With the religious right and Nixonian cynicism ascendant, Mailer also noticed that liberal Republicanism was on the decline. Moderate Republican Nelson Rockefeller had “his right-wing dueling scars,” acquired after being thrice passed over for the Republican presidential nomination in favor of more conservative candidates. The New York governor had, as a result, moved closer to the positions of Ronald Reagan, then governor of California and a rising conservative star. Rockefeller’s refusal to visit Attica prison as a mediator during the 1971 riots there was judged by observers to be deeply symbolic of the GOP’s shift to the right. According to Geoffrey Kabaservice’s recent book Rule and Ruin: The Downfall of Moderation and the Destruction of the Republican Party, from Eisenhower to the Tea Party, after the 1972 election, “Republican moderates were becoming increasingly divided, not only over the Nixon administration but also emerging social and cultural issues.” By 1980, they had all but disappeared.

Similarly prophetic was Mailer’s observation that unions had lost their clout in the Democratic Party: “[T]he labor union, veteran himself of a hundred negotiations in which he had worn out the softer executives who confronted him across a table, had now in his turn been ground out by the boredom of facing implacable students and hippies and clerks.” Some thought that after McGovern’s appeals to youth and alienation of labor proved to be electorally suicidial, unions would again become the dominant segment of the party. Mailer was not so naïve. As he predicted, unions would indeed return to the Democratic Party fold, but never would wield as much electoral power as they once did.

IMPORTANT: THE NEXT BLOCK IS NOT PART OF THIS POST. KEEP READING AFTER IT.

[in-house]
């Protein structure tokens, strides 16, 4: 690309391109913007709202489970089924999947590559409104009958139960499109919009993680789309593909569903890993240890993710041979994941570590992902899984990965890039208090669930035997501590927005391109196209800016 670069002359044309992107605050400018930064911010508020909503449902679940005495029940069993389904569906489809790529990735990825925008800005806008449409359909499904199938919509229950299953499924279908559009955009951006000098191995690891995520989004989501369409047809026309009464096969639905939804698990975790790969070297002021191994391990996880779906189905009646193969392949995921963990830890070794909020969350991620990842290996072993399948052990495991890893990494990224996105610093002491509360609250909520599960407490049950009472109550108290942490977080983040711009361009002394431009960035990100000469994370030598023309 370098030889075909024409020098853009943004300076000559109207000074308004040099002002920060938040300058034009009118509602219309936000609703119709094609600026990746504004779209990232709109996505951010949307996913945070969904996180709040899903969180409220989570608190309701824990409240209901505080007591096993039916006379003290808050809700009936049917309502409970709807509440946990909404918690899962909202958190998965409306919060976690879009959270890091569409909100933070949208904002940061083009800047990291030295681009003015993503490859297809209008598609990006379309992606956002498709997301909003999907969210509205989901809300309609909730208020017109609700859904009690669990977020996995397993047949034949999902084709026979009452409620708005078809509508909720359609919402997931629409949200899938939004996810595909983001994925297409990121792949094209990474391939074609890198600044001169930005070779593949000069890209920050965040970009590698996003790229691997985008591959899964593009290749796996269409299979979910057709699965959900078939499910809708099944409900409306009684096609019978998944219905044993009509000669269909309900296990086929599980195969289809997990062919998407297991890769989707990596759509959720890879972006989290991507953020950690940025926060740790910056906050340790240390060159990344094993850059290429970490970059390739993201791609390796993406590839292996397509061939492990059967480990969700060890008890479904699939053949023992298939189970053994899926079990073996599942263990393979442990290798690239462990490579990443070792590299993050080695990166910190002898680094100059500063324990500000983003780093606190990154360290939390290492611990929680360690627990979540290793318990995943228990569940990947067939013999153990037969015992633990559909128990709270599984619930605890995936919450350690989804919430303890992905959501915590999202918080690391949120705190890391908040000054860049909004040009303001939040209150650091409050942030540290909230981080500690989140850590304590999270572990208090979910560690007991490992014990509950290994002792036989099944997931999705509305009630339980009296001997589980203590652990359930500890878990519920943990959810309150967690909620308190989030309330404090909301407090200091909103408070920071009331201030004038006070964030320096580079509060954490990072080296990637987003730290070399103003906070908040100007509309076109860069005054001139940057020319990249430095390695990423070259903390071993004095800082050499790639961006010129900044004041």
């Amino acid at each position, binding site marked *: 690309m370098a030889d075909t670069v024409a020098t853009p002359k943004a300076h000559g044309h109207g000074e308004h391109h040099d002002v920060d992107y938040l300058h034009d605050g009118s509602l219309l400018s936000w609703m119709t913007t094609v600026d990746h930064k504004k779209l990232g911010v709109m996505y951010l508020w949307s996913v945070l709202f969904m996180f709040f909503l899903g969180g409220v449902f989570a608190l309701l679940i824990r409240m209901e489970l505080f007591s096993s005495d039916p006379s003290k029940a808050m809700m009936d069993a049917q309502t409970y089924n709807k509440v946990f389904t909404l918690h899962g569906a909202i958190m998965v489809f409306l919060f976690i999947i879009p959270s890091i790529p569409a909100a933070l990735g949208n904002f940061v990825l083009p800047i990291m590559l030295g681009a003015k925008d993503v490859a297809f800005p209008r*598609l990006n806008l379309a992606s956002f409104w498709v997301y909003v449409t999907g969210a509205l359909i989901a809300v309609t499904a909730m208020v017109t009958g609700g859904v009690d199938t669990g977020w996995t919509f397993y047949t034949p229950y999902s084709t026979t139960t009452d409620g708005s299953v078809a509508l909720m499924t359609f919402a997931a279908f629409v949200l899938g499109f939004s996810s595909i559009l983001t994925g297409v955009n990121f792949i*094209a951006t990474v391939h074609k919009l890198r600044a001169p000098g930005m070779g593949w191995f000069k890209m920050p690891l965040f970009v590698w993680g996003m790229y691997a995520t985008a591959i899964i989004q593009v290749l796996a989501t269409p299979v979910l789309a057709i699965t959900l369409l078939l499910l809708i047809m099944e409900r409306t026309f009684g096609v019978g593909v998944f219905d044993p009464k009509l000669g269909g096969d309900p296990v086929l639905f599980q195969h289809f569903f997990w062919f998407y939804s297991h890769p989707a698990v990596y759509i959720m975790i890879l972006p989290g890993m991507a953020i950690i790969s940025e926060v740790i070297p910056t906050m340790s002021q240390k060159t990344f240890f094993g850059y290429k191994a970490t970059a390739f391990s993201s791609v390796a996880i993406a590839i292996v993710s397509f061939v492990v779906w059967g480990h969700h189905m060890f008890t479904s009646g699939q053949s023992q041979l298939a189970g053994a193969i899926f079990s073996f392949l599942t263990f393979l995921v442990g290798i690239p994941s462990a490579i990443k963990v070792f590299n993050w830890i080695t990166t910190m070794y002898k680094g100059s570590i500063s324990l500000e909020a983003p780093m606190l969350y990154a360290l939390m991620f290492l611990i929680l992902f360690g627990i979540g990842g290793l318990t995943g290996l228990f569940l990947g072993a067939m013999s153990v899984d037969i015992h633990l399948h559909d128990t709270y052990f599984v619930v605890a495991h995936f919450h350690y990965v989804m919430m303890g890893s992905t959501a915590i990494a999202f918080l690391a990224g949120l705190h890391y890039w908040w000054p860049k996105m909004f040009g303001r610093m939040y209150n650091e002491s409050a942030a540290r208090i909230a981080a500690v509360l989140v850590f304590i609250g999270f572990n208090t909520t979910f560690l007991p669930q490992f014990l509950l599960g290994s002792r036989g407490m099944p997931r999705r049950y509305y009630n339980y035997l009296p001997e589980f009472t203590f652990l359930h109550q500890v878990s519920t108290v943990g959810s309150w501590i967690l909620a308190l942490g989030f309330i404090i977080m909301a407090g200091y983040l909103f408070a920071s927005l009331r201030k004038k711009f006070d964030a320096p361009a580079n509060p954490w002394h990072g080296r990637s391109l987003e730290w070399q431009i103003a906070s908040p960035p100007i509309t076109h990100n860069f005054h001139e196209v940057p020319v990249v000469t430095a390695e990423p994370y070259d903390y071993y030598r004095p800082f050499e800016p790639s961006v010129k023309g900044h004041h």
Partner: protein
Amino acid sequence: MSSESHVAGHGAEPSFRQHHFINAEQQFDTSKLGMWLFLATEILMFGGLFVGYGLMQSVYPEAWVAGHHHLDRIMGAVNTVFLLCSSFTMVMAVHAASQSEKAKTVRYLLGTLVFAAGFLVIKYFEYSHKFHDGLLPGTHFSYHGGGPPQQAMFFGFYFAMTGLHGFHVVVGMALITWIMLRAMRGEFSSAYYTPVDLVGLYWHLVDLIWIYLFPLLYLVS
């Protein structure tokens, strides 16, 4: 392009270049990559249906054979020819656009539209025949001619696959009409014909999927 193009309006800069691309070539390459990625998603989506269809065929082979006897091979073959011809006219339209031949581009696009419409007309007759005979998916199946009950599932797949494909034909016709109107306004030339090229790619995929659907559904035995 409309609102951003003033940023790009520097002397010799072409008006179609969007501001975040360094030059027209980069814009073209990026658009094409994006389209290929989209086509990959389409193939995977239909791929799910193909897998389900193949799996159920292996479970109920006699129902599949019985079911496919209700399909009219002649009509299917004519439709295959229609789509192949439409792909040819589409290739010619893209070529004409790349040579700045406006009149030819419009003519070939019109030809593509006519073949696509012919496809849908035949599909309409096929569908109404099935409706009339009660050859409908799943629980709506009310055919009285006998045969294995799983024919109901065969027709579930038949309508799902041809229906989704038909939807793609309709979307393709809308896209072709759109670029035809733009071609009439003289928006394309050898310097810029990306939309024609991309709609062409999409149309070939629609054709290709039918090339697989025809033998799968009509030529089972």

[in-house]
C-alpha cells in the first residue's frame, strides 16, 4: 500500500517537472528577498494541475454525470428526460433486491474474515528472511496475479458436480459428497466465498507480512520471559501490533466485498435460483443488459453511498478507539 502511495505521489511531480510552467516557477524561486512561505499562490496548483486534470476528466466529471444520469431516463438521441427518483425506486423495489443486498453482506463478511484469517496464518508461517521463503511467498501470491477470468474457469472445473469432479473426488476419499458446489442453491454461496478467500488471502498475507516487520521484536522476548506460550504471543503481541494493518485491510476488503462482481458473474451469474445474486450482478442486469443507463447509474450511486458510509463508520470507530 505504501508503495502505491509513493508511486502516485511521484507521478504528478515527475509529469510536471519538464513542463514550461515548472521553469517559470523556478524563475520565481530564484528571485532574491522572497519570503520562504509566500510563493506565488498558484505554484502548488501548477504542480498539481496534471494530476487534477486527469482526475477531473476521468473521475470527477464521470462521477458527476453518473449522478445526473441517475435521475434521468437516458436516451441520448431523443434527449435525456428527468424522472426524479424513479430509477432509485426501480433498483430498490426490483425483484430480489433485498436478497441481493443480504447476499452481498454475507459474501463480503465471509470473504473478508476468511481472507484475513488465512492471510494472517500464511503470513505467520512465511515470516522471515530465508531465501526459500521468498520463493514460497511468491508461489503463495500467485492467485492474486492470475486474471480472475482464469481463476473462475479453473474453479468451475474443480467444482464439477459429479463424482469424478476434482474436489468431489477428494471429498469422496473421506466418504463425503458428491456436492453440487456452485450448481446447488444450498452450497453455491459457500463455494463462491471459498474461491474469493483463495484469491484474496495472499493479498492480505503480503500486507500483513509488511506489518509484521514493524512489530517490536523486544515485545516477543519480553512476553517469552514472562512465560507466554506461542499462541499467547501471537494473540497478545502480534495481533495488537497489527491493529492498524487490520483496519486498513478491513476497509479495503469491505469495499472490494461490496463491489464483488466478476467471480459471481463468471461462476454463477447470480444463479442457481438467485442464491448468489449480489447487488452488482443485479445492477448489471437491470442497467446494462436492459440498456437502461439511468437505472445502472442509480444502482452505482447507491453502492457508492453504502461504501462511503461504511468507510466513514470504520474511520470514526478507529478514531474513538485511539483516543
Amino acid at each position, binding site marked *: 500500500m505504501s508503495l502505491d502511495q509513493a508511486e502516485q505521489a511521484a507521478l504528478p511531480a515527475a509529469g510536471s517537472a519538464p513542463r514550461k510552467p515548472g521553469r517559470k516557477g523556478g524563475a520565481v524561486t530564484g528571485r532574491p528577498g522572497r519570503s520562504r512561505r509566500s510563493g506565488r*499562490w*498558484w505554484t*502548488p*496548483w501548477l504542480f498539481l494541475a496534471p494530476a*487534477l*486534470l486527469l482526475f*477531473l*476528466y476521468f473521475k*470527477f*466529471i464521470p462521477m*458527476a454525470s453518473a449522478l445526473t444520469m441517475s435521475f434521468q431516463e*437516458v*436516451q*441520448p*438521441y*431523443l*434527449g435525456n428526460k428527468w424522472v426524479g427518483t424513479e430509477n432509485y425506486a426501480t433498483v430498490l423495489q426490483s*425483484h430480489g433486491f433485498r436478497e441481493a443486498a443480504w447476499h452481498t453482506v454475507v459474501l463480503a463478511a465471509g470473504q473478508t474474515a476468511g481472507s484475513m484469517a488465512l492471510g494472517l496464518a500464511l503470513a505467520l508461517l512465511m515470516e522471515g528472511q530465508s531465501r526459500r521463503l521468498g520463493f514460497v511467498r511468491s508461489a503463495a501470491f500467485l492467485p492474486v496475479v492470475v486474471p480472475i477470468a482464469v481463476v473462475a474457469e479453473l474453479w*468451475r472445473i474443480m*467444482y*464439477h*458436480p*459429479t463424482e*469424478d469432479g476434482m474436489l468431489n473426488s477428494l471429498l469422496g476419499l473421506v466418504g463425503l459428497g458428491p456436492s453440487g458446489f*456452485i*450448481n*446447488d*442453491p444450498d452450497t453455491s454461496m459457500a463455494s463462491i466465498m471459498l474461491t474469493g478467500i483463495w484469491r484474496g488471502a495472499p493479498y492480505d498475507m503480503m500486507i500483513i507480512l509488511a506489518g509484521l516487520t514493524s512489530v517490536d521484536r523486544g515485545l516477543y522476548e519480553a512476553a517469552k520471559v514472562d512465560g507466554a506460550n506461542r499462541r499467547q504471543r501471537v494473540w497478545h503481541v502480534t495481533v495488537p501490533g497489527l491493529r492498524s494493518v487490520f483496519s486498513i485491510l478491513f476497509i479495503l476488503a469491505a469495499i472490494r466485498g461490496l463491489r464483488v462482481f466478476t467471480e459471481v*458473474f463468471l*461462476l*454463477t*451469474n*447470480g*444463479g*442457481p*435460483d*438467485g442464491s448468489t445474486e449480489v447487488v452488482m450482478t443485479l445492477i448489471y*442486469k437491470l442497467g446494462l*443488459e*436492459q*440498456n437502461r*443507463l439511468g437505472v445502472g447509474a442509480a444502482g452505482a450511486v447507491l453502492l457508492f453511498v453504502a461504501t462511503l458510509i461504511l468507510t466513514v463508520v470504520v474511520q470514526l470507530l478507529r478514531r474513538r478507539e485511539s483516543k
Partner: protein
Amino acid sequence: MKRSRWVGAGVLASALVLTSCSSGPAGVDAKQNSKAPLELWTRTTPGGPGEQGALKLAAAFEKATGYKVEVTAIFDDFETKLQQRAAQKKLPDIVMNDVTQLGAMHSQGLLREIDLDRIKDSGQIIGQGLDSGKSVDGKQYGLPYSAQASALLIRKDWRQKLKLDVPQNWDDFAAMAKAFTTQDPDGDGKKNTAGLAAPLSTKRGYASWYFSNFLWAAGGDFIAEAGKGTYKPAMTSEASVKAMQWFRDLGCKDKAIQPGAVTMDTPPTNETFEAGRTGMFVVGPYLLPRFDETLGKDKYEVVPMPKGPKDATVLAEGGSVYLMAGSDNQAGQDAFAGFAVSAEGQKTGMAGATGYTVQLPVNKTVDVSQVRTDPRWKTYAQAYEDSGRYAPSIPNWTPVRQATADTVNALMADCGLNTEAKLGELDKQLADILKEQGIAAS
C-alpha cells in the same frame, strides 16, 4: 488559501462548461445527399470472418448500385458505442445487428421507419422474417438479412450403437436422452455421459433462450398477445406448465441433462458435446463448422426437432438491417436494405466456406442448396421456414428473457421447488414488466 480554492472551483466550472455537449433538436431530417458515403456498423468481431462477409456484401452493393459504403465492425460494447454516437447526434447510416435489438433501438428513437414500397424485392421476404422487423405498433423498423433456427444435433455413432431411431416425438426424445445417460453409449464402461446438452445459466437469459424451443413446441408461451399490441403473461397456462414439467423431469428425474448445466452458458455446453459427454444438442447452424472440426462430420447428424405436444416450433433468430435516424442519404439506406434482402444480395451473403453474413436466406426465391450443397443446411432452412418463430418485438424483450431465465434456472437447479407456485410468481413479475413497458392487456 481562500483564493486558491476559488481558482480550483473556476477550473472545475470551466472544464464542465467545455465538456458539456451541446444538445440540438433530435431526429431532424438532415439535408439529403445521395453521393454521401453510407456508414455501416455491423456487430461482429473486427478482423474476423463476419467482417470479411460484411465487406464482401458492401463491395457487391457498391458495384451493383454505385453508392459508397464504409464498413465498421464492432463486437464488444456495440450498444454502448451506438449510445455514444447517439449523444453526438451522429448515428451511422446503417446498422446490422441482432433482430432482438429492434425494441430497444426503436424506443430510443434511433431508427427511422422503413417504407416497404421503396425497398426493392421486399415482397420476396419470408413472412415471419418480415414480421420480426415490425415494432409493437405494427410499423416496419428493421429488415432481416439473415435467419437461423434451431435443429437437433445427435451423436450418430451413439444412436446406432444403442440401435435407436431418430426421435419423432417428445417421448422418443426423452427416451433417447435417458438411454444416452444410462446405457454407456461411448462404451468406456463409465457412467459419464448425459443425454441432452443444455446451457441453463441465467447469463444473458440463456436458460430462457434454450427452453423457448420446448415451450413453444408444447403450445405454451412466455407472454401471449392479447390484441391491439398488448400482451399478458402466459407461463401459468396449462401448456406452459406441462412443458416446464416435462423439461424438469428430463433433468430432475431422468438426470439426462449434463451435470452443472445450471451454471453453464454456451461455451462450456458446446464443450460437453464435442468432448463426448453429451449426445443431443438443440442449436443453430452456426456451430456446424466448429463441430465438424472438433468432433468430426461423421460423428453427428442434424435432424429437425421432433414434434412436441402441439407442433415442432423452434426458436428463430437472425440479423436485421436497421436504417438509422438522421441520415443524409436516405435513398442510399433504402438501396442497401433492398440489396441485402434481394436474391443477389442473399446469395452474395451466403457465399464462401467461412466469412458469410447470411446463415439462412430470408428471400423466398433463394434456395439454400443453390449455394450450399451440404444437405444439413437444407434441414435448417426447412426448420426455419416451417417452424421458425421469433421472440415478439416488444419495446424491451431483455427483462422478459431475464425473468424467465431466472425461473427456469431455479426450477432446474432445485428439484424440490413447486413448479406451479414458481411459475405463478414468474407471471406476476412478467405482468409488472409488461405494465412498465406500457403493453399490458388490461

Just as entertaining, if sometimes less accurate, are Mailer’s character sketches. Henry Kissinger had “a Hapsburg mouth; it was not hard to see his resemblance to many a portrait of many an Austrian archduke and prince.” Kissinger would have been flattered. Barry Goldwater “had political screw-tight as the corner of his mouth (a manly tension which comes from the civilized inability to grind on the bones of one’s dead foes and bite the hams of the living), still it did not disfigure him as a it would a woman, perhaps it even added to his particular charisma, for if at his worst he was a prejudice-panderer and bias-monger, the sour emotional butt of the great American heart, he had at least an air of primeval ferocity (which arose from the low-slung profile of his brain long dislocated into his jaw).”

Particularly resonant now is Mailer’s portrayal of Nixon as transparently soulless. “He walks like a puppet more curious than most human beings, for all the strings are pulled by a hand within his own head, an inquiring hand which never pulls the same string in quite the same way as the previous time—it is always trying something out—and so the movements of his arms and legs while superficially conventional, even highly restrained, are all impregnated with attempts, still timid—after all these years!—to express attitudes and emotions with his body,” Mailer writes. “But he handles his body like an adolescent suffering excruciations of self-consciousness with every move.” Mitt Romney, meet your match in awkwardness.

Ronald Reagan’s depiction, however, is off-base. Reagan “would never beef up to political heavyweight but he was one of the better lightweights around and gave every evidence of being managed by Bob Hope who might just as well have written Reagan’s speech tonight,” Mailer observes. That speech benefitted from “his good lines and his good timing, and his easy voice, full of the chuckles of good corporate living…a moral fathead…he never wandered out of the arena of his own imagination.” Mailer saw that Reagan’s affable persona was as central to his political success as his ideas. Even so, his prediction that Reagan would never amount to much politically was wildly erroneous.

Jordan Michael Smith is a writer in Washington, D.C. He frequently reviews books for the Christian Science Monitor and Slate.